Chuck Booth (BBBA President/Owner mlbreports.com) Follow @chuckbooth3024
Follow The MLB Reports On Twitter Follow @mlbreports
For the last several years my buddy Josh Robbins and I have come up with ways to beat our individual world records for ballpark chasing.
My record is all 30 MLB Parks (every pitch) in just 23 Calendar Days. I accomplished this feat in 2012. You can read about that trip here. After scouring the MLB Schedule for 2016, there is not even an attempt to try for the record this season.
Unless it changes, it will be another campaign I will sip (Gas Monkey Cinnamon Tequilla) as the world record holder for another year.
By Chuck Booth (Lead Baseball Analyst/Website Owner): Follow @chuckbooth3024
Follow MLB Reports On Twitter Follow @mlbreports
There is nothing that revs my adrenaline more than knowing I am going to chase a ballpark this year.
In 2013, between running this website, and juggling my work, I only went to 2 games in MLB Parks.
Nicely I made the opener at Dodger Stadium, and then captured a late season game in Safeco.
After breaking my own World Record for witnessing 30 MLB Games (All Parks in 23 days – every pitch) in 2012, I was left with my worst total in a decade last year.
I wanted to change that in 2014. Unfortunately I wont be chasing any records this upcoming year, but I will potentially be going on a historic run in 2015.
I will get to that in a minute. This year I do plan on seeing 20 games at Safeco Field. It is important for me to see games live in person, so I forked out $750 yesterday to do just that.
I bought a 17 game flex plan for the Mariners, and it involves an array of games from April to September.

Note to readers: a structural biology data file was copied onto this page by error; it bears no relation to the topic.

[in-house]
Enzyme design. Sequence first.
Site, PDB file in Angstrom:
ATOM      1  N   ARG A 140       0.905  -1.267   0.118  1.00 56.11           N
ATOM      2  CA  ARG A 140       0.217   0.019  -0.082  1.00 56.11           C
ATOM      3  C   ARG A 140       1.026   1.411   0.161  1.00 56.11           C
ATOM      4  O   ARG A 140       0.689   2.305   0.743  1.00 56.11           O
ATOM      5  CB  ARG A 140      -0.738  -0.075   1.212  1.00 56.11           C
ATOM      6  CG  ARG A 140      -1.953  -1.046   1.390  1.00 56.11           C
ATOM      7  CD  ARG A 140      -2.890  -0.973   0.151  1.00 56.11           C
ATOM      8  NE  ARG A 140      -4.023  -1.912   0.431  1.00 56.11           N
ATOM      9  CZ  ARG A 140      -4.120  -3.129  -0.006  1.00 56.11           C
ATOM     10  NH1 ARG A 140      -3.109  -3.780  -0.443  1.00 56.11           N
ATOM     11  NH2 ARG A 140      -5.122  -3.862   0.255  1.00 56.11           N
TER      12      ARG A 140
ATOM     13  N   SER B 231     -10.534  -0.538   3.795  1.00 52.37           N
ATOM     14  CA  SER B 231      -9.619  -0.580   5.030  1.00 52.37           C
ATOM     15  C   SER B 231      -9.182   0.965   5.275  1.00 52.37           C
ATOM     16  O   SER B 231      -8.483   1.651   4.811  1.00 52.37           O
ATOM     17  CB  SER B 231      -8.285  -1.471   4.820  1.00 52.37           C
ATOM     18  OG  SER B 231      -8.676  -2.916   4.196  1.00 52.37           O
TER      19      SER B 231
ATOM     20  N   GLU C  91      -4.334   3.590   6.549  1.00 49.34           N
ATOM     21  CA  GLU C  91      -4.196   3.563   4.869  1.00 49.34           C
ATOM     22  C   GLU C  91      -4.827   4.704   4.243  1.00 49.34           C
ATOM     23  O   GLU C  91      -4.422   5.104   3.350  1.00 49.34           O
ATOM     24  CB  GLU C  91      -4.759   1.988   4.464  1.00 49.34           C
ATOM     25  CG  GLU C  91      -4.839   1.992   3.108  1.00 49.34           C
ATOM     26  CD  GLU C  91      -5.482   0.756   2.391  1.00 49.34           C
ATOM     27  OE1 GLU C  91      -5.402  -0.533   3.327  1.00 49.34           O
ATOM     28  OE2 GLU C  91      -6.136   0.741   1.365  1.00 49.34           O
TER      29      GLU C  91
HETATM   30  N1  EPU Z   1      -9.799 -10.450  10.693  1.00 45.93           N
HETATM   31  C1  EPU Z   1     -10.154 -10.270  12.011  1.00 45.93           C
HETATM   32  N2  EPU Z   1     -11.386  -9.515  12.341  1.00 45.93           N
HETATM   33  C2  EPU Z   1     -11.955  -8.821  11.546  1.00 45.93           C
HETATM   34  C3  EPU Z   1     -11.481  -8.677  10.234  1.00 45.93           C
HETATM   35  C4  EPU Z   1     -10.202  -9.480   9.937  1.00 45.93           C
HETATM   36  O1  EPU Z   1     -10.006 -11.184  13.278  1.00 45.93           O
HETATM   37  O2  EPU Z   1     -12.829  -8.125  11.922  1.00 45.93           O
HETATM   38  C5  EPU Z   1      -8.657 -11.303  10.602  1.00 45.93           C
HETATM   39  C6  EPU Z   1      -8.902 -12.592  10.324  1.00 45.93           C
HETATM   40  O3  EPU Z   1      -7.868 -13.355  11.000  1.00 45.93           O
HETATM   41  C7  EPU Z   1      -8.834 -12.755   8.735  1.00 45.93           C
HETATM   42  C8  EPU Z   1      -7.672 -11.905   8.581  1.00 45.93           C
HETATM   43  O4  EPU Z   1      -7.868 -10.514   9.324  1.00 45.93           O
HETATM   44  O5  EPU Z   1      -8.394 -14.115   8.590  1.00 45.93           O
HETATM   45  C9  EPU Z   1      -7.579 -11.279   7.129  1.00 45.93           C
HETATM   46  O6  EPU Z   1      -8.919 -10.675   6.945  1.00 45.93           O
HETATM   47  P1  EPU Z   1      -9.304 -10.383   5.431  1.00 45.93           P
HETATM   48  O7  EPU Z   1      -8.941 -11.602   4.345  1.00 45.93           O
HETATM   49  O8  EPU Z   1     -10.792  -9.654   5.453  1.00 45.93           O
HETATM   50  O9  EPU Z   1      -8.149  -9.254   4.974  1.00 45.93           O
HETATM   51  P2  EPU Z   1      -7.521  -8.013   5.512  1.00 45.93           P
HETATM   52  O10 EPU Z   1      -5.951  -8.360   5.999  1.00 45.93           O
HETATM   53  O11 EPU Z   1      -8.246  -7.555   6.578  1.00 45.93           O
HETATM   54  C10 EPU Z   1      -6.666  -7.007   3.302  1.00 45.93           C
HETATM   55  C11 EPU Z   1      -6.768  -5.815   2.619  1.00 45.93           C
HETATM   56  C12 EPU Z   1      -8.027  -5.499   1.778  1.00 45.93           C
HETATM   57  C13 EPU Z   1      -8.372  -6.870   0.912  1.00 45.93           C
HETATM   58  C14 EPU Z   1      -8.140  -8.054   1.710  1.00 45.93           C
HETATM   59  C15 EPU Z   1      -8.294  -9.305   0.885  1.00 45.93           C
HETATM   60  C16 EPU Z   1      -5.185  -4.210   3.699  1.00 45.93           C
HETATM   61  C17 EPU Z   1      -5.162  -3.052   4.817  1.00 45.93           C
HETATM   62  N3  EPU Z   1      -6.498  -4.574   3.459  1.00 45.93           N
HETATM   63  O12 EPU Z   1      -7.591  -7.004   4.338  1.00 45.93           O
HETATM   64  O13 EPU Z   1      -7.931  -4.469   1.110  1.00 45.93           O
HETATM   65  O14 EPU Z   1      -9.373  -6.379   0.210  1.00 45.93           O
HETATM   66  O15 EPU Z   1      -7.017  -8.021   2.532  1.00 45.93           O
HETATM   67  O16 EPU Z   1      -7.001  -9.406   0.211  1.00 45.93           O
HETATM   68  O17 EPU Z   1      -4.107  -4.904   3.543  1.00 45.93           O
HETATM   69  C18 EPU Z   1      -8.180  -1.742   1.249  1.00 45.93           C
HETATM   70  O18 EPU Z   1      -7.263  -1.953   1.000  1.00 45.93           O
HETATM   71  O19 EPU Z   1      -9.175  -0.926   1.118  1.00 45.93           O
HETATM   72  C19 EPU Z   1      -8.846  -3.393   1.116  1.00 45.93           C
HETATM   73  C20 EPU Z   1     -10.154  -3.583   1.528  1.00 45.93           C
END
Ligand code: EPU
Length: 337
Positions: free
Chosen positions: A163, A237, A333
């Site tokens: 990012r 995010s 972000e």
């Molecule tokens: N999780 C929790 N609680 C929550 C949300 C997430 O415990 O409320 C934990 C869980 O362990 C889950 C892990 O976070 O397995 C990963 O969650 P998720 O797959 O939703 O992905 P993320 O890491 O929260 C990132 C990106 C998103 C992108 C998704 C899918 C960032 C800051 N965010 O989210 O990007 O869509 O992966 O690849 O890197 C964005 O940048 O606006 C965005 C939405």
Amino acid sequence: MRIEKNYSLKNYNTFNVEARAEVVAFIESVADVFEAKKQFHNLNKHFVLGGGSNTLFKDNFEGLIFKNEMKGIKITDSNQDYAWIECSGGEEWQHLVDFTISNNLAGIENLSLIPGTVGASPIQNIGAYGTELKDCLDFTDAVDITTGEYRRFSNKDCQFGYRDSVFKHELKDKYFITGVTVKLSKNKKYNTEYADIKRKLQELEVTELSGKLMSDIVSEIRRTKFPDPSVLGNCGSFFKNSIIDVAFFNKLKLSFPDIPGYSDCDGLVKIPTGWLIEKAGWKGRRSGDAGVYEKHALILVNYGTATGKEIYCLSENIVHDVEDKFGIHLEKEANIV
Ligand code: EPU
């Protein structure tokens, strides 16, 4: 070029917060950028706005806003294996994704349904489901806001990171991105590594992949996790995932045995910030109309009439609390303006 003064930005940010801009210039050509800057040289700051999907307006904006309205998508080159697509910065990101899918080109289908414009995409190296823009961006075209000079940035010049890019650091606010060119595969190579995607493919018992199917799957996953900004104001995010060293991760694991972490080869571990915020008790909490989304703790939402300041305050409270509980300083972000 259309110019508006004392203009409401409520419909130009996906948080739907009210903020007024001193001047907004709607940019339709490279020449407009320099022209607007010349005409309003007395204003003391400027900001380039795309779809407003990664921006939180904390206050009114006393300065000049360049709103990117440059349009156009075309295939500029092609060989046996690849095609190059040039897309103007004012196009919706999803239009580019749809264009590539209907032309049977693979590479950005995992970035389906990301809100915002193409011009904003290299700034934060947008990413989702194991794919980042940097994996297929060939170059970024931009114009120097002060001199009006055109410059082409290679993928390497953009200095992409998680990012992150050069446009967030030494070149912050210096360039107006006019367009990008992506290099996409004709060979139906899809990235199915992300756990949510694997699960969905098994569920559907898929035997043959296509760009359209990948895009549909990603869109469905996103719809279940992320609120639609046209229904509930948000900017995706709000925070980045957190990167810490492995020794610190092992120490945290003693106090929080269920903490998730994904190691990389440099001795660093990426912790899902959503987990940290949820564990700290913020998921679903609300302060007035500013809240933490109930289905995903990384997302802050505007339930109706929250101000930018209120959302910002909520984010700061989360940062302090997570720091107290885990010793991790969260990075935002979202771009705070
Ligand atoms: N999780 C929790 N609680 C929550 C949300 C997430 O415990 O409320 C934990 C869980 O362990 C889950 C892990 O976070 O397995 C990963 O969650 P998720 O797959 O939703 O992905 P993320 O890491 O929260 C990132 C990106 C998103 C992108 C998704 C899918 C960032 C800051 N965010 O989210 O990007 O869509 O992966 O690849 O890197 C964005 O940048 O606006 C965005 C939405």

While it will trounce my records ever for a ballpark in one year, there are no plans for attending a game in any other ballpark on the road this season.
Now that we have talked about, let’s chat about my plans for 2015.
By Josh Robbins (Special Guest Writer And Co – Creator for The Factor12 Rating Pitching Metric.)
The Factor 12 (F12) is an analytic measurement utilizing league average performance to compare the value of all MLB pitchers on 60ft6in.com.
My grandfather was a traveling salesman for most of his working life. Frequently, he recalls stories about selling his wares in exotic places such as Keokuk, Iowa, Hannibal, Missouri, and Cairo, Illinois.
However, the real Traveling Salesman Problem (TSP) asks this question: “Given a list of cities and the distances between each pair of cities, what is the shortest possible route that visits each city exactly once and returns to the origin city?”
Applying this computation to all 30 MLB stadiums is more complex given the nature of the regular season schedule. A handful of metropolitan cities host two clubs enabling for travel to occur in the same city more than once.
Without using a complex algorithm or formula based system, google maps will be utilized to determine the shortest distances between each city/stadium to determine the most logical route.
Extreme ballpark chasers are often left to the mercy of the schedule eliminating a perfect directional path.
After optimizing the mileage breakdown between stadiums, this is the shortest possible DRIVING route discovered:
30 Ballparks in 30 Days Documentary